WorldCat Identities

Katz, Lawrence F.

Works: 157 works in 815 publications in 1 language and 8,560 library holdings
Genres: Conference papers and proceedings 
Roles: Author, Editor, Other, Honoree
Publication Timeline
Most widely held works by Lawrence F Katz
The race between education and technology by Claudia Dale Goldin( Book )

22 editions published between 2008 and 2010 in English and held by 1,157 WorldCat member libraries worldwide

This book provides a careful historical analysis of the co-evolution of educational attainment and the wage structure in the United States through the twentieth century. The authors propose that the twentieth century was not only the American Century but also the Human Capital Century. That is, the American educational system is what made America the richest nation in the world. Its educational system had always been less elite than that of most European nations. By 1900 the U.S. had begun to educate its masses at the secondary level, not just in the primary schools that had remarkable success in the nineteenth century. The book argues that technological change, education, and inequality have been involved in a kind of race. During the first eight decades of the twentieth century, the increase of educated workers was higher than the demand for them. This had the effect of boosting income for most people and lowering inequality. However, the reverse has been true since about 1980. This educational slow-down was accompanied by rising inequality. The authors discuss the complex reasons for this, and what might be done to ameliorate it
Differences and changes in wage structures by Richard B Freeman( Book )

16 editions published between 1995 and 2007 in English and held by 351 WorldCat member libraries worldwide

Drawing from this rich store of data, the contributors attribute changes in relative wages and unemployment among countries both to differences in labor market institutions and training and education systems, and to long-term shifts in supply and demand for skilled workers. These shifts are driven in part by skill-biased technological change and the growing internationalization of advanced industrial economies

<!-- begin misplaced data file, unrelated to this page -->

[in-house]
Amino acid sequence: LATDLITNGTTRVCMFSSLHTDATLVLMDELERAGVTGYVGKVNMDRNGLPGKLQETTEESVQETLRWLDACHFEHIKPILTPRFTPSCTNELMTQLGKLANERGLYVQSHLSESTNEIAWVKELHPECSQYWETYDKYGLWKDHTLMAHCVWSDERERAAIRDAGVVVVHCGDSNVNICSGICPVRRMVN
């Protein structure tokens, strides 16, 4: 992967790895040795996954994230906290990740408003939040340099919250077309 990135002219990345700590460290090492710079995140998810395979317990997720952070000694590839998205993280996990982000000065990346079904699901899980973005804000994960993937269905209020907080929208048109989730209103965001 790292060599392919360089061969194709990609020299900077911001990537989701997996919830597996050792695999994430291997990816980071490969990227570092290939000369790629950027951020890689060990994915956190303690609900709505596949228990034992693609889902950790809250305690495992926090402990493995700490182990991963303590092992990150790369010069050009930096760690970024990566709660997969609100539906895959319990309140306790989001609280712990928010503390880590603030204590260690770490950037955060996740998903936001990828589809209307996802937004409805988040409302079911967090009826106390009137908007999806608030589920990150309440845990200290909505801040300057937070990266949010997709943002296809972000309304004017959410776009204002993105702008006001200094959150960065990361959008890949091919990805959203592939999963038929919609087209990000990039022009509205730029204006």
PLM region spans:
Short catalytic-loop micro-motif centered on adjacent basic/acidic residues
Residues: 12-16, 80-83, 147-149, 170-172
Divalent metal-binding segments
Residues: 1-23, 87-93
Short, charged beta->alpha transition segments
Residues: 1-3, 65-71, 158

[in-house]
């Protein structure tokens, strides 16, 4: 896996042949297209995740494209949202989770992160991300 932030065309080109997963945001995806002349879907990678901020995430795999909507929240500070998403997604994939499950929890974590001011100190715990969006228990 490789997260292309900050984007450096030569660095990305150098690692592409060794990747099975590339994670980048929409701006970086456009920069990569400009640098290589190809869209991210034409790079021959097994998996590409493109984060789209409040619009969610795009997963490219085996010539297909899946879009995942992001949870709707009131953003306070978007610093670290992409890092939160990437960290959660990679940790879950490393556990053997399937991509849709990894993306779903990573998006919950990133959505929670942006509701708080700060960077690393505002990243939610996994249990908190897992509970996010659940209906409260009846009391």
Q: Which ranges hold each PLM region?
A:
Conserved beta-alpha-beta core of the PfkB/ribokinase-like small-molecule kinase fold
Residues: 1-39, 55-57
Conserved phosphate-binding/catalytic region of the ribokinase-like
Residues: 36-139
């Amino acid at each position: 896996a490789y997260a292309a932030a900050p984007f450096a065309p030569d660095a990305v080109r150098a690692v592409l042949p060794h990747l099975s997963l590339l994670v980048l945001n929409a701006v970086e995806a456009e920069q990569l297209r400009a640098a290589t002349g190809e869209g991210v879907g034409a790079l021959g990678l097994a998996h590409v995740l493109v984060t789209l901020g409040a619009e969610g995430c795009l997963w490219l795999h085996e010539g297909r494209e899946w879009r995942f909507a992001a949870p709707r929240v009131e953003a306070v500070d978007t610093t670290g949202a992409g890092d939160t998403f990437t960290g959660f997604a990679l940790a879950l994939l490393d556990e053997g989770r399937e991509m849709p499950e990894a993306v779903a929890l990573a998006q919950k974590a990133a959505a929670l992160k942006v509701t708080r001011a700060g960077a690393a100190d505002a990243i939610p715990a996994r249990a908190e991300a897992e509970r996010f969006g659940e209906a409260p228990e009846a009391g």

Computing inequality : have computers changed the labor market? by David H Autor( Book )

15 editions published in 1997 in English and held by 76 WorldCat member libraries worldwide

This paper examines the effect of technological change and other factors on the relative demand for workers with different education levels and on the recent growth of U.S. educational wage differentials. A simple supply-demand framework is used to interpret changes in the relative quantities, wages, and wage bill shares of workers by education in the aggregate U.S. labor market in each decade since 1940 and from 1990 to 1995. The results suggest that the relative demand for college graduates grew more rapidly on average during the past 25 years (1970-95) than during the previous three decades (1940-70). The increased rate of growth of relative demand for college graduates beginning in the 1970s did not lead to an increase in the college/high school wage diffe- rential until the 1980s because the growth in the supply of college graduates increased even more sharply in the 1970s before returning to historical levels in the 1980s. The acceleration in demand shifts for more-skilled workers in the 1970s and 1980s relative to the 1960s is entirely accounted for by an increase in within-industry changes in skill utilization rather than between- industry employment shifts. Industries with large increases in the rate of skill upgrading in the 1970s and 1980s versus the 1960s are those with greater growth in employee computer usage, more computer capital per worker and larger investment as a share of total investment. The results suggest that the spread of computer technology may èxplain' as much as 30-50% of the increase in the rate of growth of the relative demand for more-skilled workers since 1970
Mass secondary schooling and the state : the role of state compulsion in the high school movement by Claudia Dale Goldin( Book )

14 editions published in 2003 in English and held by 51 WorldCat member libraries worldwide

In the three decades from 1910 to 1940, the fraction of U.S. youths enrolled in public and private secondary schools increased from 18 to 71 percent and the fraction graduating soared from 9 to 51 percent. At the same time, state compulsory education and child labor legislation became more stringent and potentially constrained secondary-school aged youths. It might appear from the timing and the specifics of this history that the laws caused the increase in education rates. We evaluate the possibility that state compulsory schooling and child labor laws caused the increase in education rates by using contemporaneous evidence on enrollments. We also use micro-data from the 1960 census to examine the effect of the laws on overall educational attainment. Our estimation approach exploits cross-state differences in the timing of changes in state laws. We find that the expansion of state compulsory schooling and child labor laws from 1910 to 1939 can, at best, account for 5 percent of the increase in high school enrollments and can account for about the same portion of the increase in the eventual educational attainment for the affected cohorts over the period
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The race between education and technology
Alternative Names
Katz, L.F. 1959-

Katz, Larry F. 1959-

Katz, Lawrence

Katz, Lawrence 1959-

Katz, Lawrence Francis 1959-

Lawrence F. Katz Amerikaans econoom

Lawrence F. Katz amerikansk ekonom

Lawrence F. Katz amerikansk økonom

Lawrence F. Katz economista estadounidense

Lawrence Katz

Lawrence Katz économiste américain

Lawrence Katz US-amerikanischer Wirtschaftswissenschaftler

English (67)

Differences and changes in wage structures